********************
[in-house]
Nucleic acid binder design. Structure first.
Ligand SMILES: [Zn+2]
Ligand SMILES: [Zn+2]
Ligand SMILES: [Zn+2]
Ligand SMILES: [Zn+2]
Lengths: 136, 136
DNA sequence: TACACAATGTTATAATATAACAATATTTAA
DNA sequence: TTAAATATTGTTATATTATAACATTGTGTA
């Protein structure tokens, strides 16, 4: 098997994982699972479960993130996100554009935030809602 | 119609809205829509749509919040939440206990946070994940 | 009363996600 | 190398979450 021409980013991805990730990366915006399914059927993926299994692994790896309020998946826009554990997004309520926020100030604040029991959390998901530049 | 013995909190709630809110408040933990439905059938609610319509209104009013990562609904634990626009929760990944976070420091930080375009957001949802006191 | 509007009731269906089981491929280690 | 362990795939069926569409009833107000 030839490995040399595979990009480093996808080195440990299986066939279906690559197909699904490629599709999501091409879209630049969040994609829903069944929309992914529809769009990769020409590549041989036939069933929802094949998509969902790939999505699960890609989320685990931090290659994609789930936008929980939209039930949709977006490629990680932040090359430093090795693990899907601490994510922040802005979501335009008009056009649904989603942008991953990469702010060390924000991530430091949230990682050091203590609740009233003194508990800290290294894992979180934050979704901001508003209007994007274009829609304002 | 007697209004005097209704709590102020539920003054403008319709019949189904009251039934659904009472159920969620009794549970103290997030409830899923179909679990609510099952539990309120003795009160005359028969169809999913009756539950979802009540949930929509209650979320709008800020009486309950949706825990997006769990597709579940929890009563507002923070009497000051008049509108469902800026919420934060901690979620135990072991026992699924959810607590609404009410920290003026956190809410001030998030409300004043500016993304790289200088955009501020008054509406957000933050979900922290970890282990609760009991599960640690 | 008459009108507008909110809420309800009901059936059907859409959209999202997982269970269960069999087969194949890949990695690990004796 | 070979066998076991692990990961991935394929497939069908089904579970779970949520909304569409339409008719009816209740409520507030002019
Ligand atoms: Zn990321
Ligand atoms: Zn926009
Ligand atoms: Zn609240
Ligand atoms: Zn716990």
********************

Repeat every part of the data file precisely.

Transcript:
[in-house]
Nucleic acid binder design. Structure first.
Ligand SMILES: [Zn+2]
Ligand SMILES: [Zn+2]
Ligand SMILES: [Zn+2]
Ligand SMILES: [Zn+2]
Lengths: 136, 136
DNA sequence: TACACAATGTTATAATATAACAATATTTAA
DNA sequence: TTAAATATTGTTATATTATAACATTGTGTA
């Protein structure tokens, strides 16, 4: 098997994982699972479960993130996100554009935030809602 | 119609809205829509749509919040939440206990946070994940 | 009363996600 | 190398979450 021409980013991805990730990366915006399914059927993926299994692994790896309020998946826009554990997004309520926020100030604040029991959390998901530049 | 013995909190709630809110408040933990439905059938609610319509209104009013990562609904634990626009929760990944976070420091930080375009957001949802006191 | 509007009731269906089981491929280690 | 362990795939069926569409009833107000 030839490995040399595979990009480093996808080195440990299986066939279906690559197909699904490629599709999501091409879209630049969040994609829903069944929309992914529809769009990769020409590549041989036939069933929802094949998509969902790939999505699960890609989320685990931090290659994609789930936008929980939209039930949709977006490629990680932040090359430093090795693990899907601490994510922040802005979501335009008009056009649904989603942008991953990469702010060390924000991530430091949230990682050091203590609740009233003194508990800290290294894992979180934050979704901001508003209007994007274009829609304002 | 007697209004005097209704709590102020539920003054403008319709019949189904009251039934659904009472159920969620009794549970103290997030409830899923179909679990609510099952539990309120003795009160005359028969169809999913009756539950979802009540949930929509209650979320709008800020009486309950949706825990997006769990597709579940929890009563507002923070009497000051008049509108469902800026919420934060901690979620135990072991026992699924959810607590609404009410920290003026956190809410001030998030409300004043500016993304790289200088955009501020008054509406957000933050979900922290970890282990609760009991599960640690 | 008459009108507008909110809420309800009901059936059907859409959209999202997982269970269960069999087969194949890949990695690990004796 | 070979066998076991692990990961991935394929497939069908089904579970779970949520909304569409339409008719009816209740409520507030002019
Ligand atoms: Zn990321
Ligand atoms: Zn926009
Ligand atoms: Zn609240
Ligand atoms: Zn716990």